I actually like doing this. Finn is right that it is relaxing and a good time to let the thoughts wander. I'm sure I'm not doing it correctly but that is fine with me. I have some trouble keeping straight. Each needle load wants to go off a little on its own direction but just step back a few feet and it looks okay. No quilt police here.
I like the cross hatching on point that I am doing. Popping the knot is really neat. I am surprised every time I do it. Thanks for the marking ideas. I'll be trying more of them later. So far I like the blue-wash away pen for the lighter fabrics and I discovered I could put a couple of my flower pins through the dark and follow them I don't care for sewing with the tape as well but am doing some of it too. I think I have at least 3/4 of Autumn Walk done. You can see in the last pic that Kipper lets me know when I need to stop and go for a bike ride.
I am using two strands of DMC. It is a deep gold color (610) and I really like it. I like to use DMC for darning. Yup, I nicked the fabric when cutting the thread from a final knot. The very busy backing and Hobbs batting are great, as is the basting spray and pinning method. I'm used to using a thimble and although I'm not doing the stitching correctly, I'm getting a good up and down motion and could make the stitches closer now.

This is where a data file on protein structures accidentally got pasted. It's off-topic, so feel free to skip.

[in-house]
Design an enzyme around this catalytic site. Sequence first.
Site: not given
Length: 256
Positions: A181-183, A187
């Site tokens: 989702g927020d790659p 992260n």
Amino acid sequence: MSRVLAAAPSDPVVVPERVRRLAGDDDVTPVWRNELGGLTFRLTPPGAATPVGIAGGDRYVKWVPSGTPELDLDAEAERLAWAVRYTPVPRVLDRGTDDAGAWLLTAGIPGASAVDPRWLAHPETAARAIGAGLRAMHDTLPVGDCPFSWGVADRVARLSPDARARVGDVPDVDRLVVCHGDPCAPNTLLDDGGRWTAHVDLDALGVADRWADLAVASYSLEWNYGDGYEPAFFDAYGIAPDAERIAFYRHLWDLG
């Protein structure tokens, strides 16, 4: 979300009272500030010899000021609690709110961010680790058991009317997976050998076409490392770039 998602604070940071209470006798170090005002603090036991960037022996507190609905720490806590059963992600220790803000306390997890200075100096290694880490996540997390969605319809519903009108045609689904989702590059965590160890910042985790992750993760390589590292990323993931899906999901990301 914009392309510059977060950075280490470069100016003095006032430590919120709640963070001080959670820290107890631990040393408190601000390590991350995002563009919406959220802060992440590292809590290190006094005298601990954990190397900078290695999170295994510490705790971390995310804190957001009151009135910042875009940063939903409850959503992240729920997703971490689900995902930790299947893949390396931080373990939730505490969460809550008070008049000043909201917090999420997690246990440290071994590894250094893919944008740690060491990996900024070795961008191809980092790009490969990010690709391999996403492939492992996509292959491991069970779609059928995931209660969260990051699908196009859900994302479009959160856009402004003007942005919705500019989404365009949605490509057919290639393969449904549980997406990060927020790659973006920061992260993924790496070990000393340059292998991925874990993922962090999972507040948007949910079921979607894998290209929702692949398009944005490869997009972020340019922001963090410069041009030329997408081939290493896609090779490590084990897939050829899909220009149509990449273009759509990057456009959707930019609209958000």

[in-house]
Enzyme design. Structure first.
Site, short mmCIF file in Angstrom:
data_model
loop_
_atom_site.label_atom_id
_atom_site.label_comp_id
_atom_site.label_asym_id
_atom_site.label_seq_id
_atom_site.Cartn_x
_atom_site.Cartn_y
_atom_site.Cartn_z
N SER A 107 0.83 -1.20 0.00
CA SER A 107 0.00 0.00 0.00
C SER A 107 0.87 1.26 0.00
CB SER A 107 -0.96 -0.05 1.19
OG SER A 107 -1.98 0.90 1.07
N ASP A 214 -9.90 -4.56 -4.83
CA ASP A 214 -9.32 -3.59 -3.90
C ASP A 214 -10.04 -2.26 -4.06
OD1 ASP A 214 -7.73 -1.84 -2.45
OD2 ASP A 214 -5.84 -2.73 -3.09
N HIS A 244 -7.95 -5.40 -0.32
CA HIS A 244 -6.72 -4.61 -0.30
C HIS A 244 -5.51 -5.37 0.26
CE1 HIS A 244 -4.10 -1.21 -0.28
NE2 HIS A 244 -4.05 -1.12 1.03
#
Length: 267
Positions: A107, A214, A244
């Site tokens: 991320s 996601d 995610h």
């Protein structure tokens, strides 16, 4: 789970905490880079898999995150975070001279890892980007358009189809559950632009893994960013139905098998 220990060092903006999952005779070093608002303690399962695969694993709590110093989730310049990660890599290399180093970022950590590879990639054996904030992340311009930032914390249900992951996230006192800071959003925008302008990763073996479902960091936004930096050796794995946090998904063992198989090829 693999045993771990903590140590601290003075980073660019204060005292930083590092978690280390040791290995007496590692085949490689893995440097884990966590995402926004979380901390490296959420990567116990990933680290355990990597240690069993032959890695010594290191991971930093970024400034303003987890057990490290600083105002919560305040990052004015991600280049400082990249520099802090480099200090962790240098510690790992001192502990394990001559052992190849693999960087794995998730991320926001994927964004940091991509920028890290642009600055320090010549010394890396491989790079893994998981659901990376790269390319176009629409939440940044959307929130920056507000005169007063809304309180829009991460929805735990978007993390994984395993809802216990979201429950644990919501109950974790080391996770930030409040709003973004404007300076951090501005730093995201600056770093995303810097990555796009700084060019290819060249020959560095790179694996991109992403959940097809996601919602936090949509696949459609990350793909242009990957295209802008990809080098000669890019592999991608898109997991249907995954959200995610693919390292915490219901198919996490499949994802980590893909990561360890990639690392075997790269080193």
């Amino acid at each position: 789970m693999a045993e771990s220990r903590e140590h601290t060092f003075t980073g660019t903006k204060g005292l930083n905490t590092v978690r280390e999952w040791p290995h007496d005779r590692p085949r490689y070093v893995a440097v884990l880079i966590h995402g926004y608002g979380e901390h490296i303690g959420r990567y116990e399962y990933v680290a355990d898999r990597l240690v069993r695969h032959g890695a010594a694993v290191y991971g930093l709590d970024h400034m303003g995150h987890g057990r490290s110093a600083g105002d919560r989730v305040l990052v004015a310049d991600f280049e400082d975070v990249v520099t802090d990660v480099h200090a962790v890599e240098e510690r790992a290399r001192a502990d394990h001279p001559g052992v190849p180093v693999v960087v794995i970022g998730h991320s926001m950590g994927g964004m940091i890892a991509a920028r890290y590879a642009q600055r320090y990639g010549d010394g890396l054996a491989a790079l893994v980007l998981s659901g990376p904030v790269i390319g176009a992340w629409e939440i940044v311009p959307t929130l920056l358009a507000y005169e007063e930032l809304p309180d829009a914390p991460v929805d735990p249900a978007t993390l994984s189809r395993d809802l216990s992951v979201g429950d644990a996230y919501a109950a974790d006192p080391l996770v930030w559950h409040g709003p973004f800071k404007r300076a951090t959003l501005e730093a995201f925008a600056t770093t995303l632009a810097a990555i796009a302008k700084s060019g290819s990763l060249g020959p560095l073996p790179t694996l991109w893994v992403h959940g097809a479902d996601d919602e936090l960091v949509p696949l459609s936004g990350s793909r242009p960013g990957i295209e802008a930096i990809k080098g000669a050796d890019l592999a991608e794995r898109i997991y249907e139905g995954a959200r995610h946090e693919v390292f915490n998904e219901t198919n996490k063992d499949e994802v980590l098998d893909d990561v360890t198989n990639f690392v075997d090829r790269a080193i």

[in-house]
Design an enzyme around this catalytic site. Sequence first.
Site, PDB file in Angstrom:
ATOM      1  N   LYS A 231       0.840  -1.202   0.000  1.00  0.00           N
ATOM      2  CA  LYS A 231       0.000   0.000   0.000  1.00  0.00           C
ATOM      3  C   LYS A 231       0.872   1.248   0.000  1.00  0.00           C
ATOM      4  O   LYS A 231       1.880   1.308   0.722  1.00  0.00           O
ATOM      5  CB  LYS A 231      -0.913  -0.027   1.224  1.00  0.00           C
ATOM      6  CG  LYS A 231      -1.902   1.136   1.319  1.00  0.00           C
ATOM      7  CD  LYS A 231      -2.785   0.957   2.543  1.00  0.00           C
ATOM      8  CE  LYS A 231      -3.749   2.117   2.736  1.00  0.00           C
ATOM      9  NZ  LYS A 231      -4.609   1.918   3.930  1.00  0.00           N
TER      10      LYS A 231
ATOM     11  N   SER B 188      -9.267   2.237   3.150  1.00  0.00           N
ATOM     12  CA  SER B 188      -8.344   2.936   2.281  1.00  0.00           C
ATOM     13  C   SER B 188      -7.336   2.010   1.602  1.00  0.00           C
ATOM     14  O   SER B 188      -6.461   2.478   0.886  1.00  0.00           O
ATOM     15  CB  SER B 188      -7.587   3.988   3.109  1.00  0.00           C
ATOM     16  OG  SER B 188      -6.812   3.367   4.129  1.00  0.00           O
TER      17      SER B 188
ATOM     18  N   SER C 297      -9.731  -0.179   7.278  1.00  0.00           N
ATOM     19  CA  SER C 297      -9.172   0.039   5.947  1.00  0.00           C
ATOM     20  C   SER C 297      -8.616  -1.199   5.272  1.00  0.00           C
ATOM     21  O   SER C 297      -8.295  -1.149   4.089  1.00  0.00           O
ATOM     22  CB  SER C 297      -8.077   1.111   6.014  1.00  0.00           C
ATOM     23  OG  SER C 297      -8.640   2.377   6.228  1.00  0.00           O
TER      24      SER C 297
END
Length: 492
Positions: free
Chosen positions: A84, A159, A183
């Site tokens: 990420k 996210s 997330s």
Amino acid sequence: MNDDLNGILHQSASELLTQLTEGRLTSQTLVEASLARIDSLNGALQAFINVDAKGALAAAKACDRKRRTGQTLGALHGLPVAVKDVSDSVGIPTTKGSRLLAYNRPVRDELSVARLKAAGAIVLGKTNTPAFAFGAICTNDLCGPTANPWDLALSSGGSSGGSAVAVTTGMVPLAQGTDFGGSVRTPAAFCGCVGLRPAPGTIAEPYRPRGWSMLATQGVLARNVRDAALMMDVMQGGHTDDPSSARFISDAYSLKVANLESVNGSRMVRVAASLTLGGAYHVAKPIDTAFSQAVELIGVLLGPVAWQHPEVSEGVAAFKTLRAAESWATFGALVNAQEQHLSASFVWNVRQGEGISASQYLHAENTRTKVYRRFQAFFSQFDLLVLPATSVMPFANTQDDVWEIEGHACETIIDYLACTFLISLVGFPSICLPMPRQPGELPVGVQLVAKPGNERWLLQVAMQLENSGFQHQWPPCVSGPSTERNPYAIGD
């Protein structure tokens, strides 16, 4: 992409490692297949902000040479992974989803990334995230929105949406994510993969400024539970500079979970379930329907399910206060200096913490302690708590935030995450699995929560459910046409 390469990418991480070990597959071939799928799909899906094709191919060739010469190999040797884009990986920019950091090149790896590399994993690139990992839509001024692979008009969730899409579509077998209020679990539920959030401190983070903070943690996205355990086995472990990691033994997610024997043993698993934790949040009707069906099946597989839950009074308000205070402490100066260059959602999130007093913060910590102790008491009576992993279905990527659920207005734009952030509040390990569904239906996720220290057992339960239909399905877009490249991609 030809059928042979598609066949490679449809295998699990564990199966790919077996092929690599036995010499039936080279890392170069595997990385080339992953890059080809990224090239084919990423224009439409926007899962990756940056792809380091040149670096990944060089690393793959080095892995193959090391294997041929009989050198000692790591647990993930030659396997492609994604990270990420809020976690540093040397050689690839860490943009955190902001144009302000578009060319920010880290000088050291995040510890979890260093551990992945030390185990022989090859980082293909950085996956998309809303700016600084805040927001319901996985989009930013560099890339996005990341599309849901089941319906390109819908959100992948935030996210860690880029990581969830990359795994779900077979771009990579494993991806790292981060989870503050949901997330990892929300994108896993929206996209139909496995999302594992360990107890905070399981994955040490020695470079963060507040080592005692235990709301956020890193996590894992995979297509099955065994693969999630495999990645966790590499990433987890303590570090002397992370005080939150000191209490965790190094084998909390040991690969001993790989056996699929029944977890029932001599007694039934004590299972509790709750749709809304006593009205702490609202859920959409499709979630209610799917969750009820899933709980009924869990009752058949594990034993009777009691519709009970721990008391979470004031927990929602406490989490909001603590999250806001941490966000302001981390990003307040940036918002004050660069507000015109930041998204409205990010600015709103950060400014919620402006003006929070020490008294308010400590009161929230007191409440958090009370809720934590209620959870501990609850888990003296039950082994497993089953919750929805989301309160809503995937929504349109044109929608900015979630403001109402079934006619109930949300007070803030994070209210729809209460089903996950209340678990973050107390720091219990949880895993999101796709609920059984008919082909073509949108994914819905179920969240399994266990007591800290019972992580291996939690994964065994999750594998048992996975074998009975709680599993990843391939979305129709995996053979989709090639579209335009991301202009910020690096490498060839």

Did you know that DMC is made in France? Interesting what I discover when reading labels. You probably knew, but I didn't, that Hobbs batting is made in Waco, TX. I watched a TV program Lap Quilting with a very interesting segment from their factory.
When doing a web search on methods of marking quilts, I found Appalachian Quilt Marking Techniques
quiltprofessionals.com/quiltdirectory/quiltmarking. I wish this would just turn into a site to click on like it does in my e-mails. Would someone please tell me how to do it here? There is a site at the end of the article that takes you to the original material including audio. This site is memory.loc.gov/ammem/qlthtml/qltbrov.
They women told about using left over fabric from making clothes and never buying fabric to make quilts. They talked about how the quilts were to keep the family warm with three or four on each bed. With blankets and better heating, the quilts weren't needed. One lady now uses an electric blanket. Another said she now kept just enough quilts to cover the beds when she had company. Another gave quilts to her children and grandchildren and hoped they "would enjoy them but would also take care of them so that they will last." Use but not abuse was her motto.
One method for marking was to dip a string in thick flour paste and snap it over the quilt. They also talked about pencils and chalk so maybe not that much has changed.